Edmond Thommen describes himself first, and foremost, as a Photographic Artist, not a digital artist. For him, the art begins with the camera, his photographs. The digital element is simply the palette that allows him to blend and refine his work.
For Edmond, the magic starts with the camera and the human body, usually female, as subject. This is a vital distinction; Edmond’s work uses the human body as the subject, the basis for his work. It is never the object. There is no sense in which the body is objectified, no exploitation. It is the foundation of his art, but not the definition. It is awkward to discuss an artist’s work primarily in terms of what it is not, but when one works with nudes there is a presumption at hand that often labels the work before it has been sighted; thus the need for a disclaimer of sorts. The basis of Edmond’s art may be nudes, but they are not sexualised.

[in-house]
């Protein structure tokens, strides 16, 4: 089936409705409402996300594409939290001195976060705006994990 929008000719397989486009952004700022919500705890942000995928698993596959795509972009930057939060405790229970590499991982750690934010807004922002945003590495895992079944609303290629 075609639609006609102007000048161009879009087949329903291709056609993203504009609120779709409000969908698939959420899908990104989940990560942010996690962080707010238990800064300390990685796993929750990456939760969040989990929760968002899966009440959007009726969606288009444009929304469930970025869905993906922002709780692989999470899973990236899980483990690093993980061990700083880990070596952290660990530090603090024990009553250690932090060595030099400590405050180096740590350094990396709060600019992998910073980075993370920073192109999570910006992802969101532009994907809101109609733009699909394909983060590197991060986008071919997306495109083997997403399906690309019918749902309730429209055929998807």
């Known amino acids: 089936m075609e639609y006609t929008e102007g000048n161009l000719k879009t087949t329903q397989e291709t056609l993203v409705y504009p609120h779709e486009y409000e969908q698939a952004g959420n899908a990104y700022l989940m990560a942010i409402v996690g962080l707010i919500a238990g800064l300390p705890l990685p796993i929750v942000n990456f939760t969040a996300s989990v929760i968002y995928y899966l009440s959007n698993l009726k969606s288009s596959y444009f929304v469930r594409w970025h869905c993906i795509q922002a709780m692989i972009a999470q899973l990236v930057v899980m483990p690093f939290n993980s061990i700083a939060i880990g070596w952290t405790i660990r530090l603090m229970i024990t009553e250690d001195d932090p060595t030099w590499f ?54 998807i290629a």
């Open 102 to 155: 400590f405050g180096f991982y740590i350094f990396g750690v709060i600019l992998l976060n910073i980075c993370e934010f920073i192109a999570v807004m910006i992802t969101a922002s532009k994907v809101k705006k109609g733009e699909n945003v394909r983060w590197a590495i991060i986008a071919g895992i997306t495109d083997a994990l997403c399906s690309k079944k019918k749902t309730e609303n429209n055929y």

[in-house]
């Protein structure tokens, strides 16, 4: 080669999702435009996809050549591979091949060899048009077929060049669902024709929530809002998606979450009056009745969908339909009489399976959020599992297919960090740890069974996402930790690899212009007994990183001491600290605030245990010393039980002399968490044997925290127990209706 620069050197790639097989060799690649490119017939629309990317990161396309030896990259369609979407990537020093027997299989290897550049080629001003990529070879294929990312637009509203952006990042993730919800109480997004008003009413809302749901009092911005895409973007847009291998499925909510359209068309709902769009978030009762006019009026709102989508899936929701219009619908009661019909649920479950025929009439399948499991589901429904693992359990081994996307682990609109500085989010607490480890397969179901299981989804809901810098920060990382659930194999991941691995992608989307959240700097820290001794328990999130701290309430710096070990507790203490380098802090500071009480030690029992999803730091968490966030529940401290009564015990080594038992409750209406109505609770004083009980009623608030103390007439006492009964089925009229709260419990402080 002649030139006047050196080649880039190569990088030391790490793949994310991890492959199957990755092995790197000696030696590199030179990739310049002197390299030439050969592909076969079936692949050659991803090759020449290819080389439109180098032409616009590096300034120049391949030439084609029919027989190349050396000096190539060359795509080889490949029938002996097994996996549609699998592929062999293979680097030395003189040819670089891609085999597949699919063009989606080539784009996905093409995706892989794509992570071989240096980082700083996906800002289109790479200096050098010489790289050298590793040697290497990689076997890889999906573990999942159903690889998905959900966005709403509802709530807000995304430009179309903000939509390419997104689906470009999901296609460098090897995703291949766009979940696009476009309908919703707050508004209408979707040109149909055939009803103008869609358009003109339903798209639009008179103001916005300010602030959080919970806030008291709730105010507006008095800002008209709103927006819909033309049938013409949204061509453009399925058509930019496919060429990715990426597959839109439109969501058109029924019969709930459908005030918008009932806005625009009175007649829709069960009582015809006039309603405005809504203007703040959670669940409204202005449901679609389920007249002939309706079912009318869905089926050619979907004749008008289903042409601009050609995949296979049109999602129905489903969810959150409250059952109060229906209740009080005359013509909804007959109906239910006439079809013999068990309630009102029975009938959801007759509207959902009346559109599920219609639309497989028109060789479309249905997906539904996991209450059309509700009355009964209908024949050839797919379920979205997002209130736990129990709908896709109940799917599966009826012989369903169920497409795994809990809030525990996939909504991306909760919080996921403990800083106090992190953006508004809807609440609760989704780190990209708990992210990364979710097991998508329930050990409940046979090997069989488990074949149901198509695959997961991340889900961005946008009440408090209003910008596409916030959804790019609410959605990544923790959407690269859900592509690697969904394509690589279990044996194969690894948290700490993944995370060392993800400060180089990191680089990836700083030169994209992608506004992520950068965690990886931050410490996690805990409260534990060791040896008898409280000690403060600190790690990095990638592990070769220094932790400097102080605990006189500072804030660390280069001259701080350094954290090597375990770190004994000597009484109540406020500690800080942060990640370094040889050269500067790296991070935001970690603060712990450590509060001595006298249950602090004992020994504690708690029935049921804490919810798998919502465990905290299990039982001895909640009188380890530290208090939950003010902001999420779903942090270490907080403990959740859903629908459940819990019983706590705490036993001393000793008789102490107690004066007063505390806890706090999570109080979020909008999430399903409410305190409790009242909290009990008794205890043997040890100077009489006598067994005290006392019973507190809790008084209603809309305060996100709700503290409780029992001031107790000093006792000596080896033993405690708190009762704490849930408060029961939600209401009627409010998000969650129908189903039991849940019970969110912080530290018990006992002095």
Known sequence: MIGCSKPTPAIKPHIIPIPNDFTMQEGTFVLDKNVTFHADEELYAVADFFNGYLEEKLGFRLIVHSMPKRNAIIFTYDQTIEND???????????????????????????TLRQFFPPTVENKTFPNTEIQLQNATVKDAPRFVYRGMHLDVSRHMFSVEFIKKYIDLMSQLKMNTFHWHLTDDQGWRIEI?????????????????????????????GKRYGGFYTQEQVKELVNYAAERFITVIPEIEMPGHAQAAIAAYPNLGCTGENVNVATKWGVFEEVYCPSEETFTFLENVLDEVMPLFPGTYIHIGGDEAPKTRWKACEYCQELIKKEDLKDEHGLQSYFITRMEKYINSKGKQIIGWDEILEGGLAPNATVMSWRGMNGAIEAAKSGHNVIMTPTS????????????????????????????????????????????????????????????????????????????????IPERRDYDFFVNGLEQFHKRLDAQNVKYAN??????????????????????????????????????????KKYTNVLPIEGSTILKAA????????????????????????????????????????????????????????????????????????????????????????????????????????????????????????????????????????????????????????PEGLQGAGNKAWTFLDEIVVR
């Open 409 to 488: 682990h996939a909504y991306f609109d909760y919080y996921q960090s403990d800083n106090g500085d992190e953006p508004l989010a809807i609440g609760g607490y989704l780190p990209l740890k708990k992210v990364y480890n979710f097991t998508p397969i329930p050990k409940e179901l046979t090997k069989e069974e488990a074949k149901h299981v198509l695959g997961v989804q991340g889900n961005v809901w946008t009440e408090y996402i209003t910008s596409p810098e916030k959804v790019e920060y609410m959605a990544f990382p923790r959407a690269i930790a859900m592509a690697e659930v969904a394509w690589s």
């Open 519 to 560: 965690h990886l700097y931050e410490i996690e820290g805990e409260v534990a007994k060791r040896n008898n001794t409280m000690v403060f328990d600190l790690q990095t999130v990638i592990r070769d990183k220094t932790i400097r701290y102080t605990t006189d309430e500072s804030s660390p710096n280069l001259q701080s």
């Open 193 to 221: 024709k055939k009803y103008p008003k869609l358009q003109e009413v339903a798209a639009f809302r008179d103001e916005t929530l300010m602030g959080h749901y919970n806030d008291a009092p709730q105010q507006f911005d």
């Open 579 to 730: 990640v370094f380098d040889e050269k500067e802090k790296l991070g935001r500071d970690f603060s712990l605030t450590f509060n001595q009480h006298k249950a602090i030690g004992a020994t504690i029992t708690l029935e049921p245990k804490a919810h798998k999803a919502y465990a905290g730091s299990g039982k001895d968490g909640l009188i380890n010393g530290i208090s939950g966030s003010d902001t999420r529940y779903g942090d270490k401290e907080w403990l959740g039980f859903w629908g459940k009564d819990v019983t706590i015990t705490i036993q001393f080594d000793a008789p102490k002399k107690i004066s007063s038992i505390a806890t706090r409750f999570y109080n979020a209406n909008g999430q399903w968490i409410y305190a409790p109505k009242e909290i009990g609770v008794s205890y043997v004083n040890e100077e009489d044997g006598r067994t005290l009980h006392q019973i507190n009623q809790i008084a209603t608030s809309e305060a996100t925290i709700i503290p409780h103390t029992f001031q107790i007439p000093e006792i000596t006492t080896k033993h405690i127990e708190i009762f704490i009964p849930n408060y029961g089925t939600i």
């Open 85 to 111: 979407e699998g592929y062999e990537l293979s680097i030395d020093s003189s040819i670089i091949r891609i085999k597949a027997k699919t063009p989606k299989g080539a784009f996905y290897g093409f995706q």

The female body forms the basis of his art works; it may be softened and blended, the lines melding, melting into the layers of the piece until one‘s eyes start to actively search for the lines the mind tells you must be there; or the model’s body may leap from the work like some goddess of old, breaking through time, stone and canvas, demanding one’s attention and admiration; while also seeming to escape the bounds of the piece, of definition, of objectification.
Edmond’s work is ‘layered’ in many senses of the word, the human body is layered between or beneath images both obvious – rock, rubble, architecture, walls, fronds, trees, urban textures and any or all of the above; and detailed, careful compositions that beguile, and draw in both the eye and mind. The works are thus layered both visually, and in the attempt to interpret and define.